In June 2018, the American Concrete Institute announced a new technician certification, the ACI Self-Consolidating Concrete (SCC) Testing Certification program. This certifies those professionals who demonstrate knowledge and ability to correctly perform test methods for measuring fresh properties of self-consolidating concrete in accordance with the following five ASTM standards:
- ASTM C1610: Static Segregation of SCC Using Column Technique
- ASTM C1611: Slump Flow of Self-Consolidating Concrete
- ASTM C 1621: Passing Ability of SCC by J-Ring
- ASTM C1712: Rapid Assessment of Static Segregation Resistance of SCC Using Penetration Test
- ASTM C1758: Fabricating Test Specimen with Self-Consolidating Concrete
National Ready-Mixed Concrete Association (NRMCA)
The NRMCA offers numerous technician certifications in various designations. Information includes description, scope and knowledge required; certification requirements and study materials; exam information, and re-examination or recertification criteria. The information page also includes a list of approved sponsoring groups throughout the U.S. that offer training and NRMCA-provided certification exams. NRMCA certifications include:
|Individual with demonstrated knowledge to understand specifications, terminology and procedures, and to record results of standardized test methods for the standards listed in the scope and knowledge.||ACI Concrete Field Testing Technician Grade I required.||Current ACI Concrete Field Testing Technician Grade I Certification and a passing grade on NRMCA examination.||Every 5 years; must pass written exam and any other existing requirement.|
|Individual with demonstrated knowledge and ability to properly perform, record, and report the results of advanced laboratory procedures for aggregates and concrete.||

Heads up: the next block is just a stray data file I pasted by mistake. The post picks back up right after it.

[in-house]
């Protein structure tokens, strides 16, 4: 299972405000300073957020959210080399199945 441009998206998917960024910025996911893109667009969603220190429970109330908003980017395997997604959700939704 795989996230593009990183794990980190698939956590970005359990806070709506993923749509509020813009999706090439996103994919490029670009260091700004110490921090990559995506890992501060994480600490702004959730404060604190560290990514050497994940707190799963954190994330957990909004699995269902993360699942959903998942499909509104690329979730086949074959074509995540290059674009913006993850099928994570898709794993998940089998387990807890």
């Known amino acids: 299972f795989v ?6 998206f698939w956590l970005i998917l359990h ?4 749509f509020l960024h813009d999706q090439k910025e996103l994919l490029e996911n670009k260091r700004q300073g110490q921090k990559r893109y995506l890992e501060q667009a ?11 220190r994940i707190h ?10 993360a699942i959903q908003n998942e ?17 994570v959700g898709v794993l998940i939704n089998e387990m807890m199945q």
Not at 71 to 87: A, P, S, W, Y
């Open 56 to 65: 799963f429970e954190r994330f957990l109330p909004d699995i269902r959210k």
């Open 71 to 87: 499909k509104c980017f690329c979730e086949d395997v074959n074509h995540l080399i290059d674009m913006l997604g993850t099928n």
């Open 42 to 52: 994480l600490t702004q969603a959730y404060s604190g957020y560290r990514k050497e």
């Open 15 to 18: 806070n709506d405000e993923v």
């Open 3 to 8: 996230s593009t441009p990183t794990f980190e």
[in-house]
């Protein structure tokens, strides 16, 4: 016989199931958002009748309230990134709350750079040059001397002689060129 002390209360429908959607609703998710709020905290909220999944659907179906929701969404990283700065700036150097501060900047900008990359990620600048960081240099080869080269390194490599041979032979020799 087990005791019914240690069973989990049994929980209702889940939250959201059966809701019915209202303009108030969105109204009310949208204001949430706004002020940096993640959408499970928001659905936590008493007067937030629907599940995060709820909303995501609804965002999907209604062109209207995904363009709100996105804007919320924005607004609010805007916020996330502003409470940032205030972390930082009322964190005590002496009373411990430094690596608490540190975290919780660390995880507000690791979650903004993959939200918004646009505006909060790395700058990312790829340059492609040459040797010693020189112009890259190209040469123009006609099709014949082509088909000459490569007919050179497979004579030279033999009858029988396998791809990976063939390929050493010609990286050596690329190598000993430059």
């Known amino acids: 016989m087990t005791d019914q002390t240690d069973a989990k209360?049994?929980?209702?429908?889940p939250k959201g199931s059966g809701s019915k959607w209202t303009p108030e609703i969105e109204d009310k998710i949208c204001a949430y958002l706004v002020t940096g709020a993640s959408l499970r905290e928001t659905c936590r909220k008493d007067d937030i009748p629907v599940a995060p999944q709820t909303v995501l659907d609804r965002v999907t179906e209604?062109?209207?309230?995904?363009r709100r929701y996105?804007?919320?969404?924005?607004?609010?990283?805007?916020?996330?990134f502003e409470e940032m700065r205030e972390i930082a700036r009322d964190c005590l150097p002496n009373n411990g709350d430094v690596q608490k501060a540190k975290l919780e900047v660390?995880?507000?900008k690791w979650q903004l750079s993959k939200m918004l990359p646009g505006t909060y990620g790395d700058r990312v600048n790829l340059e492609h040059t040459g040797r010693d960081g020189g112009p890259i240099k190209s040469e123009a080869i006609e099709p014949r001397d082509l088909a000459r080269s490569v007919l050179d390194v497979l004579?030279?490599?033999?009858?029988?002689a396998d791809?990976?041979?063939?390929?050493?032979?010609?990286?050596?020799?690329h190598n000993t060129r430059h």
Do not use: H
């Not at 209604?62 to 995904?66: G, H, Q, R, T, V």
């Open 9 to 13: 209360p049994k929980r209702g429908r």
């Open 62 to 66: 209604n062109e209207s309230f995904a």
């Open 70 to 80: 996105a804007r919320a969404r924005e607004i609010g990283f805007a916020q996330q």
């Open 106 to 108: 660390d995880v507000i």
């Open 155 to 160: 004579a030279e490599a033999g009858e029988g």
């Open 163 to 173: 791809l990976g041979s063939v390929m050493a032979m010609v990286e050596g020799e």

||Every 5 years; must pass written examination.|
Other related NRMCA certifications are:
- Pervious Concrete Contractor - Technician, Installer and Craftsman
- Concrete Technology Career Track and special certification, CCPf
National Institute for Certification in Engineering Technologies (NICET)
The NICET provides certification programs for laboratory and field concrete construction professionals with varying skill levels. Specific NICET certification training programs include Construction Materials Testing and Highway Construction Inspection, both offering a progression of skills-based certifications from Level I to Level IV as shown on their respective information pages. This information in the table is from NICET's Program Detail Manual on Construction Materials Testing … Asphalt, Concrete, Soils.
|Designation||Minimum Work |
|Level of |
|Typical Job |
|Level I||None to very limited work experience in concrete testing, QA/QC, inspection or related activities.||Under direct supervision.||Performs simple, repetitive, specific tasks, measurements and computations. Document findings.||